It was certainly a tipping point when Purdue Pharma developed and heavily marketed OxyContin.  I remember  a pharmacist from a big hospital center in Seattle giving a presentation on it to doctors at Marshall right after the FDA approved it.  It was touted as being a slowly released, long acting, abuse-proof non-addictive 12-hour narcotic pain killer.  It was sold as being insoluble with water so could not be injected, and providing good pain relief with only two doses a day.  Turns out, none of these statements are true.  It didn't take long for people to realize that injecting it for a fast high was impossible, but smashing it and snorting it worked just fine.  Worse yet, the pills in no way lasted 12 hours; more like 8 hours.  Worst of all, Purdue Pharma knew this, but lied.  They knew that doctors would be a lot less likely to prescribe a medication that had to be taken every 8 hours to work.  Only now are they admitting to this fraud.

Certainly, narcotic pain medications have a role in the treatment of acute and chronic pain.  It is simply time for the pendulum to swing back to a reasonable point somewhere in the middle.

Monday, June 6, 2016

Do acid reducing medicines cause dementia?

Recent press coverage suggested that proton-pump inhibitors can cause dementia.  Unfortunately, press coverage seems to have overstated this a bit.

Proton-pump inhibitors (PPI's) are a specific type of acid reducing medication used to treat a variety of conditions such as acid reflux, esophagitis and ulcers.  They include a number of prescription and over-the-counter medications such as Prilosec, Prevacid, Protonix, Nexium and Dexilant.

Basically, an article printed in April in the Journal of the Amercan Medical Association (JAMA) described a German study showing a correlation between PPI use and dementia.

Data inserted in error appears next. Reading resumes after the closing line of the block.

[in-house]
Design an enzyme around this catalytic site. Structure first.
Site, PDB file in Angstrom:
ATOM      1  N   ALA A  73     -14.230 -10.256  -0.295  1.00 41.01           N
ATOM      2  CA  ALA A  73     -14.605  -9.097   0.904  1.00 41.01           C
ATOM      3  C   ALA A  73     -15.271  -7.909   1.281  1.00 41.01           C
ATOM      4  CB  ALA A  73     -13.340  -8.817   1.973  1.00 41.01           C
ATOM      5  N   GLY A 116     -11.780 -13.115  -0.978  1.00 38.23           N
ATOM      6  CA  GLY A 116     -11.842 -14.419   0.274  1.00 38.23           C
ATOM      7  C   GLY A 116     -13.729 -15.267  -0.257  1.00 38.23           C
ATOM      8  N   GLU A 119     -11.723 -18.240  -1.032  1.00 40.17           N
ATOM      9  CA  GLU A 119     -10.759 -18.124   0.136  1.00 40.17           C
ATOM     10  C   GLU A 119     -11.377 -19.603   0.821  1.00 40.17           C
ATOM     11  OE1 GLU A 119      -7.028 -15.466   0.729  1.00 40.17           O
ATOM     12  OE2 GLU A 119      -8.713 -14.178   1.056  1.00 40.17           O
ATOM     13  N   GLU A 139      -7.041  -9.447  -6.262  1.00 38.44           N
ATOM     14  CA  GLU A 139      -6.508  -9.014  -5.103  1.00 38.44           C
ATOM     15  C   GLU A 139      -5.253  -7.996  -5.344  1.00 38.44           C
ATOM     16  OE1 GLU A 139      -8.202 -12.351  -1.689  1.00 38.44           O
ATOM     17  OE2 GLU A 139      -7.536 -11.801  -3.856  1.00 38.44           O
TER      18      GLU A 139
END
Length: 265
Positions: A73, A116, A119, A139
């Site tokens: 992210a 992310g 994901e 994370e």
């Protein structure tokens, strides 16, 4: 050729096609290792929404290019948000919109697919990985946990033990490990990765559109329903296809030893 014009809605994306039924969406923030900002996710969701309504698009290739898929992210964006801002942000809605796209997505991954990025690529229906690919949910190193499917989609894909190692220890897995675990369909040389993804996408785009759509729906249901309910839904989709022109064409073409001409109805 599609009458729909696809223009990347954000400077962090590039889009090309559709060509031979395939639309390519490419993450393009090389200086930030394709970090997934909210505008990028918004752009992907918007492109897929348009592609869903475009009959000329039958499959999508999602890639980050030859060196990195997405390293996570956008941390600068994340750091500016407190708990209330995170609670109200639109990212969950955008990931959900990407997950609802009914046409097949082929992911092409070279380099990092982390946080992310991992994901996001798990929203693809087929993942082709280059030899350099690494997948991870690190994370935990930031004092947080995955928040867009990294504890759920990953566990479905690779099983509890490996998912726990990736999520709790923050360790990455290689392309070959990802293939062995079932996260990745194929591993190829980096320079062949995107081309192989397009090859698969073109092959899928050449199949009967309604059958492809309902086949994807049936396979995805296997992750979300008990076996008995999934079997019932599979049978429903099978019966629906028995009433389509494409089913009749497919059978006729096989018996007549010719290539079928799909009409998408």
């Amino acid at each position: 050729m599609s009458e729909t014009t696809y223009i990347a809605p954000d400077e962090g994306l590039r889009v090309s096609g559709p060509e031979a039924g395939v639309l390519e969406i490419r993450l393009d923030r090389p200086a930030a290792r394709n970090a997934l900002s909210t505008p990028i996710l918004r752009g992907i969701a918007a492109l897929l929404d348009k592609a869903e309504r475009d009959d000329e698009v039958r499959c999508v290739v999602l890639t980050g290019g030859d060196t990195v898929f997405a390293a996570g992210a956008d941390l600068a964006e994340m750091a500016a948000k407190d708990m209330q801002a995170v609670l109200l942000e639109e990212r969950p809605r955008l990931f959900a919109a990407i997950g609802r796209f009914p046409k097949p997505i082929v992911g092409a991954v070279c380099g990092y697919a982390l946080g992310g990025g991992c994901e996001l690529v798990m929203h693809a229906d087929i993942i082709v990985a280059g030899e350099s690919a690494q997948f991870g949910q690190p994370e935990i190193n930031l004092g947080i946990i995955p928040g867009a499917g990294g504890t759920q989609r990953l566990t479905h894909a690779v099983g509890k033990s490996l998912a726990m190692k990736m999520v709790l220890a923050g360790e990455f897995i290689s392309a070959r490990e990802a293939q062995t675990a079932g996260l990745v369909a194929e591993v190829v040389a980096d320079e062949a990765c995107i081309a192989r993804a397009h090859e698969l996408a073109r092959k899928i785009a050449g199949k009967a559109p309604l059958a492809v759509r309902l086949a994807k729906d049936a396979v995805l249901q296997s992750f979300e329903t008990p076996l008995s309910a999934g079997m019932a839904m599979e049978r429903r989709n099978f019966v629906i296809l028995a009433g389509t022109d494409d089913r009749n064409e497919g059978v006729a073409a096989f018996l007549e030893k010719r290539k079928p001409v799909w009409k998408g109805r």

Thing is, correlation is not causation.  This study did not define particular types of dementia, such as Alzheimer's, Parkinson's, Lewy body, vascular or senile dementias.  Also, it did not take into account risks such smoking or drinking.  Both of these would cause stomach problems and are common causes of being on PPI's, and both are by themselves associated with Alzheimer's disease risk.

In other words, a limited study with a number of significant weaknesses reports that many patients with various forms of dementia have taken PPI's.  It in no way establishes that PPI use causes dementia. 

Other acid reducers, called the H2 blockers include Tagamet, Zantac and Pepcid.  These, so far, have not had any  harm from long-term use associated with them.

Generally, it makes sense to use PPI's for very specific conditions such as treatment of Barrett's esophagitis or ulcer prevention with anti-inflammatory pain (NSAID) medication use and to otherwise use H2 blockers or non-medication related supportive care (such as not smoking, and modest alcohol consumption).

Wednesday, June 1, 2016

Staring at screens all days can hurt your eyes; cell phone use still not linked to brain cancer. Just saying.

The recent media coverage suggesting a link between cell phone use and brain cancer is so far a bit histrionic and less than nuanced.

So far, numerous studies have (happily) failed to demonstrate a link between cell phone use and brain cancer.  The recent media coverage involves an unpublished interval report on a long and unfinished study on such risk. 

Long story short, to suggest that this report proves that cell phone use can cause people to get brain cancer would assume:

  • risk of brain cancer due to cell phone exposure in rats equates to risk in humans (the study is using mice as test animals)
  • female brains are protected from cell phone exposure (no cancers occurred in the female rats)
  • controls are cured of cancer (the control population had lower rates of cancer than the experimentals)
This does not invalidate this ongoing study; it simply points out that the study is unfinished, the interim report unpublished and it contains a number of findings raising reasonable concerns of its scientific validity to date.  Vox and NYT did a good job of critiquing this study and its media coverage.

On the other hand, it does seem likely that staring at screens all day can make your eyes feel itchy, dry and uncomfortable. (Which makes it harder to read the screen...)  Jane Brody covers some studies on this well, and also offers some useful solutions.